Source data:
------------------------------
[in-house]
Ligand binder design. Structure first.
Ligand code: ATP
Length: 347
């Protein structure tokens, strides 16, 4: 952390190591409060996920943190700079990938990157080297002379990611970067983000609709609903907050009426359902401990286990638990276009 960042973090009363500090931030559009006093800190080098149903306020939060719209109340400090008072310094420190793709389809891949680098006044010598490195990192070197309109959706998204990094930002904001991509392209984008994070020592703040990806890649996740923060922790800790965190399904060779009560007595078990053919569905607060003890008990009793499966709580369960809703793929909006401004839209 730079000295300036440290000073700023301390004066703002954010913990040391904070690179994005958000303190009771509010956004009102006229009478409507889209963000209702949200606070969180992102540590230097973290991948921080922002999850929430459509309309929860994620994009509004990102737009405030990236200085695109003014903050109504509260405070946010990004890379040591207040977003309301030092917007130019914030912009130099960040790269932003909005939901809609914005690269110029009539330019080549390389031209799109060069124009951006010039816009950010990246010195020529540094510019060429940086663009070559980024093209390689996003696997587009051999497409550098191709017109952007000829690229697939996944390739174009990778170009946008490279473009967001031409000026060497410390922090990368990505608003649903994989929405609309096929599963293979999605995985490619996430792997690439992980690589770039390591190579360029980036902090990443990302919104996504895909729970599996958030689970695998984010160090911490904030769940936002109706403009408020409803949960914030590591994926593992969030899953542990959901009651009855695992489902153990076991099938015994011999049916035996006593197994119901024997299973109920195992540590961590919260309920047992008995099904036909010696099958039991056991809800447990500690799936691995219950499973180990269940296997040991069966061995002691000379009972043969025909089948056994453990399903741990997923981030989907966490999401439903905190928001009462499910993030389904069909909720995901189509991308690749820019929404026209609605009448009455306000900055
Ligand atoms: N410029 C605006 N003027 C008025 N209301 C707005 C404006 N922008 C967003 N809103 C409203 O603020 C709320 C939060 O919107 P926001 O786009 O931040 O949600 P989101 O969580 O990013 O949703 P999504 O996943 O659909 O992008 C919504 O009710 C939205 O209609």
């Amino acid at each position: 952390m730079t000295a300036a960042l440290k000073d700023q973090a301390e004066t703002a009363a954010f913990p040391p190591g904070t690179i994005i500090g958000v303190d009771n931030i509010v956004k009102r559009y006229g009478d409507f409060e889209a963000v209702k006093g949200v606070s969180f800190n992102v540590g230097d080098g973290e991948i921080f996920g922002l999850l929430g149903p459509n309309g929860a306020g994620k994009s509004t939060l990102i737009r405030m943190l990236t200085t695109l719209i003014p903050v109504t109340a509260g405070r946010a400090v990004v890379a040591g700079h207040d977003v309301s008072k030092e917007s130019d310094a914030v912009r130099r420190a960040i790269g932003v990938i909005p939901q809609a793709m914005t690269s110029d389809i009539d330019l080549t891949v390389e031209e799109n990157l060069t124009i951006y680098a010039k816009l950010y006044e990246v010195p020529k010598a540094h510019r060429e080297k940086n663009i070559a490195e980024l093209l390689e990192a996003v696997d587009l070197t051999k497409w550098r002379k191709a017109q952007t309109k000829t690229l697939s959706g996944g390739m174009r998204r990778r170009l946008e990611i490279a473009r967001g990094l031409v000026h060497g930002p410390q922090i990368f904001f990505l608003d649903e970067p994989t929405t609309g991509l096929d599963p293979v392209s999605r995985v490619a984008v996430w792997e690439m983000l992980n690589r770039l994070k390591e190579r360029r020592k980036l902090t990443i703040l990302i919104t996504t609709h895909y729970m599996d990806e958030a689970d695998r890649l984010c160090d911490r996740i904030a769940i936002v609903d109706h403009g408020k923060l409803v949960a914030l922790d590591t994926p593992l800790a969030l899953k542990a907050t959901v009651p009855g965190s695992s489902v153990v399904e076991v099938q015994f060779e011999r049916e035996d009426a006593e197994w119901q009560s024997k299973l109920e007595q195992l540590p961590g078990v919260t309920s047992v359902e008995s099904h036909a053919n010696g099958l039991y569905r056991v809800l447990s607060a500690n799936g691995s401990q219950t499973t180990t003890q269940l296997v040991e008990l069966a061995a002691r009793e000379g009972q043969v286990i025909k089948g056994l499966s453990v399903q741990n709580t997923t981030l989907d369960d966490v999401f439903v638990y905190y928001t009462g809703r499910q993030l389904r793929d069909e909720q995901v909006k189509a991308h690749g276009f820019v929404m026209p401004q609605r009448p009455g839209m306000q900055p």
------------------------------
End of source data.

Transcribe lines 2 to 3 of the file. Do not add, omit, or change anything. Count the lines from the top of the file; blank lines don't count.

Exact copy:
Ligand binder design. Structure first.
Ligand code: ATP